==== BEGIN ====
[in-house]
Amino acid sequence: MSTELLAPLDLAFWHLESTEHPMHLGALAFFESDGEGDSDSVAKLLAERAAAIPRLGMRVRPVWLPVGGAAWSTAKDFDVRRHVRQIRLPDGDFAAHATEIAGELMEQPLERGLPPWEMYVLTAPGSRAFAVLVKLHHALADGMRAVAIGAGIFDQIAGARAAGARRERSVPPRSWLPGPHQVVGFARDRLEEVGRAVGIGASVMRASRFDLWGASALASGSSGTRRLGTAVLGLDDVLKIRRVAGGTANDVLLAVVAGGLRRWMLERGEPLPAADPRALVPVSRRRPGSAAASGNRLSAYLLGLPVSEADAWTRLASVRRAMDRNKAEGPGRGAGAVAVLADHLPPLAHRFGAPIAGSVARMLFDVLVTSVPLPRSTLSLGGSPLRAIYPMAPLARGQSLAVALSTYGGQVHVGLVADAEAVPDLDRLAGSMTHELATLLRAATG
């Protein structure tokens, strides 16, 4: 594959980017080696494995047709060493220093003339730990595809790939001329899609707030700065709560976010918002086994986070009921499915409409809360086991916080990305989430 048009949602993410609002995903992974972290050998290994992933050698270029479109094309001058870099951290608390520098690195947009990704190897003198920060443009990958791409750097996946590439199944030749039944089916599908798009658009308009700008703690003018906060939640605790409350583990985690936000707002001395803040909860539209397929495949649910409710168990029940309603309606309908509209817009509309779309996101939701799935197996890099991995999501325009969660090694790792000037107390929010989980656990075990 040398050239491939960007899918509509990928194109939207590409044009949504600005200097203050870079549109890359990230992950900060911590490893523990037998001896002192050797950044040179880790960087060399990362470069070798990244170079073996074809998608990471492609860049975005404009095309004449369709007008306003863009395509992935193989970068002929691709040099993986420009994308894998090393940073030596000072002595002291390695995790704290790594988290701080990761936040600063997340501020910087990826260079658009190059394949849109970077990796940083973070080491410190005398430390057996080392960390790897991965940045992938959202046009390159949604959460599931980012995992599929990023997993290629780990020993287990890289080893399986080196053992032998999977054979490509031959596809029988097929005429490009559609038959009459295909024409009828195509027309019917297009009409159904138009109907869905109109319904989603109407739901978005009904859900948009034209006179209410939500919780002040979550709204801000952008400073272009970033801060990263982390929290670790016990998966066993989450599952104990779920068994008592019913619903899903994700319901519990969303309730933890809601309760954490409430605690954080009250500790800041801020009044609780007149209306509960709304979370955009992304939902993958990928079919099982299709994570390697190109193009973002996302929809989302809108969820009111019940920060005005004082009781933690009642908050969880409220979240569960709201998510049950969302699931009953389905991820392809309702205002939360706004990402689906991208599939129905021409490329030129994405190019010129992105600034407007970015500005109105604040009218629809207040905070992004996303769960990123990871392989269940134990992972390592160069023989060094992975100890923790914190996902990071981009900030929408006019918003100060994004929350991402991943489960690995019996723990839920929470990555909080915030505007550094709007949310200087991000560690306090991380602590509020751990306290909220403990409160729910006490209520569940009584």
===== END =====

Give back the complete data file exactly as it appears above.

[in-house]
Amino acid sequence: MSTELLAPLDLAFWHLESTEHPMHLGALAFFESDGEGDSDSVAKLLAERAAAIPRLGMRVRPVWLPVGGAAWSTAKDFDVRRHVRQIRLPDGDFAAHATEIAGELMEQPLERGLPPWEMYVLTAPGSRAFAVLVKLHHALADGMRAVAIGAGIFDQIAGARAAGARRERSVPPRSWLPGPHQVVGFARDRLEEVGRAVGIGASVMRASRFDLWGASALASGSSGTRRLGTAVLGLDDVLKIRRVAGGTANDVLLAVVAGGLRRWMLERGEPLPAADPRALVPVSRRRPGSAAASGNRLSAYLLGLPVSEADAWTRLASVRRAMDRNKAEGPGRGAGAVAVLADHLPPLAHRFGAPIAGSVARMLFDVLVTSVPLPRSTLSLGGSPLRAIYPMAPLARGQSLAVALSTYGGQVHVGLVADAEAVPDLDRLAGSMTHELATLLRAATG
């Protein structure tokens, strides 16, 4: 594959980017080696494995047709060493220093003339730990595809790939001329899609707030700065709560976010918002086994986070009921499915409409809360086991916080990305989430 048009949602993410609002995903992974972290050998290994992933050698270029479109094309001058870099951290608390520098690195947009990704190897003198920060443009990958791409750097996946590439199944030749039944089916599908798009658009308009700008703690003018906060939640605790409350583990985690936000707002001395803040909860539209397929495949649910409710168990029940309603309606309908509209817009509309779309996101939701799935197996890099991995999501325009969660090694790792000037107390929010989980656990075990 040398050239491939960007899918509509990928194109939207590409044009949504600005200097203050870079549109890359990230992950900060911590490893523990037998001896002192050797950044040179880790960087060399990362470069070798990244170079073996074809998608990471492609860049975005404009095309004449369709007008306003863009395509992935193989970068002929691709040099993986420009994308894998090393940073030596000072002595002291390695995790704290790594988290701080990761936040600063997340501020910087990826260079658009190059394949849109970077990796940083973070080491410190005398430390057996080392960390790897991965940045992938959202046009390159949604959460599931980012995992599929990023997993290629780990020993287990890289080893399986080196053992032998999977054979490509031959596809029988097929005429490009559609038959009459295909024409009828195509027309019917297009009409159904138009109907869905109109319904989603109407739901978005009904859900948009034209006179209410939500919780002040979550709204801000952008400073272009970033801060990263982390929290670790016990998966066993989450599952104990779920068994008592019913619903899903994700319901519990969303309730933890809601309760954490409430605690954080009250500790800041801020009044609780007149209306509960709304979370955009992304939902993958990928079919099982299709994570390697190109193009973002996302929809989302809108969820009111019940920060005005004082009781933690009642908050969880409220979240569960709201998510049950969302699931009953389905991820392809309702205002939360706004990402689906991208599939129905021409490329030129994405190019010129992105600034407007970015500005109105604040009218629809207040905070992004996303769960990123990871392989269940134990992972390592160069023989060094992975100890923790914190996902990071981009900030929408006019918003100060994004929350991402991943489960690995019996723990839920929470990555909080915030505007550094709007949310200087991000560690306090991380602590509020751990306290909220403990409160729910006490209520569940009584």